If you hang out with people who’ve gone to or taught at a seminary during the last ten years, or maybe if you just hang out with a certain kind of church folk, you’re probably aware of the trendiness of certain Christian words. Usually there are churches built around them, church conferences planned around them, and lots of books written with them in their titles. Recently words like community, emerging or emergent, koinonia, intentional, or relevant might make it on such a list.
Another one of those words is “missional,” as in, the missional church or missional living. (If you aren’t one of those people mentioned above, you might be thinking, “What the heck does ‘missional’ mean?” And that’s okay. You’re in good company. Back in 2008, after “missional” had started popping up “everywhere,” Christianity Today featured an article about what the heck it means. For more information, you can also check in with the all-knowing Wikipedia.)
I’m sure there are quite a few long, well-thought-out books written about why the contemporary church has shifted away from thinking solely of “missions” as sending money or people overseas or “missionary” as only a full-time sharer of the Gospel in a foreign land.
I haven’t read them, but I, for one, am glad we’re in this new place, a broader understanding of “missions.” Now, I’m not saying I don’t support overseas mission work: of course I do. The hubster was even in Honduras over spring break working in an afterschool program. We support people we know–friends in Haiti and other far flung places–and people and work we don’t know.
But I am not called to move my family overseas, and I’m not called to only–only–give money to support the mission work of others. I’m called to do mission myself. In my everyday life. Here in the middle of America. With my neighbors.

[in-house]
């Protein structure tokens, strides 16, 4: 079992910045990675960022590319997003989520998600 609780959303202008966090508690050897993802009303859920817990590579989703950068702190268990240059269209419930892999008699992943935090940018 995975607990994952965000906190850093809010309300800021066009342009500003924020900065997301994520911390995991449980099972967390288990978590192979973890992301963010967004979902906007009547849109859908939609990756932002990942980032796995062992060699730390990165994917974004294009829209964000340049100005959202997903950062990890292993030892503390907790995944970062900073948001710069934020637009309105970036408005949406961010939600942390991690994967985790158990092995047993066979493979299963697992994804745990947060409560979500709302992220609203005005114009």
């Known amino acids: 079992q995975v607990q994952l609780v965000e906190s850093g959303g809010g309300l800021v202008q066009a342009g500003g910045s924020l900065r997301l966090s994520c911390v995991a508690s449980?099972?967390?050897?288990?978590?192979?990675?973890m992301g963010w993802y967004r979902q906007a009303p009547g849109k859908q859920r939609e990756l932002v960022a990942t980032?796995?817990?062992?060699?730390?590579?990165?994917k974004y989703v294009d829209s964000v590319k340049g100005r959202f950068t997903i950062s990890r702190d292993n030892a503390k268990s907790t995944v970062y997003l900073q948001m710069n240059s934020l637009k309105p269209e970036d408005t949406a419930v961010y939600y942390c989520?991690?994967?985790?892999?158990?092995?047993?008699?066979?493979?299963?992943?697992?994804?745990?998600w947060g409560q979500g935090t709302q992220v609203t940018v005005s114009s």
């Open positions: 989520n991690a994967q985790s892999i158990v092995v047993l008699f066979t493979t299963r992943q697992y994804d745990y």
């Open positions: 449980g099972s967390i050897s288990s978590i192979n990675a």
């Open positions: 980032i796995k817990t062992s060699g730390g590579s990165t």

And you are, too.
A Christian life is a life of mission. Isn’t it?
A friend of ours came over on Sunday night to interview us for a seminary class he’s currently taking on ‘the missional life.’ It’s actually the second of two missional life classes he’s required to take for his degree. (Another sign a Christian word is trendy? Seminary classes use it in their titles.) As part of his final project, he’s to interview a member of the clergy and a layperson about their understanding of the missional life. We, even though there were two of us, counted as the layperson for the project. I guess two really do become one in marriage.
Before the interview, I tried jotting down some notes, just to see what my initial thoughts were about living a “missional” life. I like making lists, so I do this sort of thing a lot to get my brain loosened up. In teaching composition, we’d call this a form of ‘freewriting.’
Here’s what I wrote, and as usual, I promise that I did not edit it.
What is “mission”?
* staying put * planting roots * building community even when it's hard and you just don't feel like it * everyday decisions for justice: -- buying the slightly more expensive diapers or formula because of a brand's rating on Better World Shopper -- buying secondhand--and being satisfied with it--even when you can afford new * making due with holey underwear * being faithful in a church community and offering your gifts even when you're discouraged * praying for people
Weird, huh? No mention of telling people about Jesus.
At least not in words.
But you can kind of tell what’s been on my mind lately.
For the interview, I didn’t say these things, at least not in this way. I talked instead about being thoughtful, about being intentional in everyday decisions and in everyday encounters with people.
I think being missional is really loving people, cultivating genuine community, and being vulnerable. It’s staying when going is easier and more convenient, doing when what we really prefer is not doing, listening even when we feel distracted.
These are very difficult things.
At least they are for me. Maybe you’re a pro. If so, rock on.
To close the audio interview, our friend asked us to fill in the following blank, based on the hour of conversation we’d had:
Missional living is ______________.
I knew my answer immediately, because it’s been on my mind a lot.
Being the hands and feet of Jesus.
That’s what I said.
Being the hands and feet of Jesus.
How would you respond?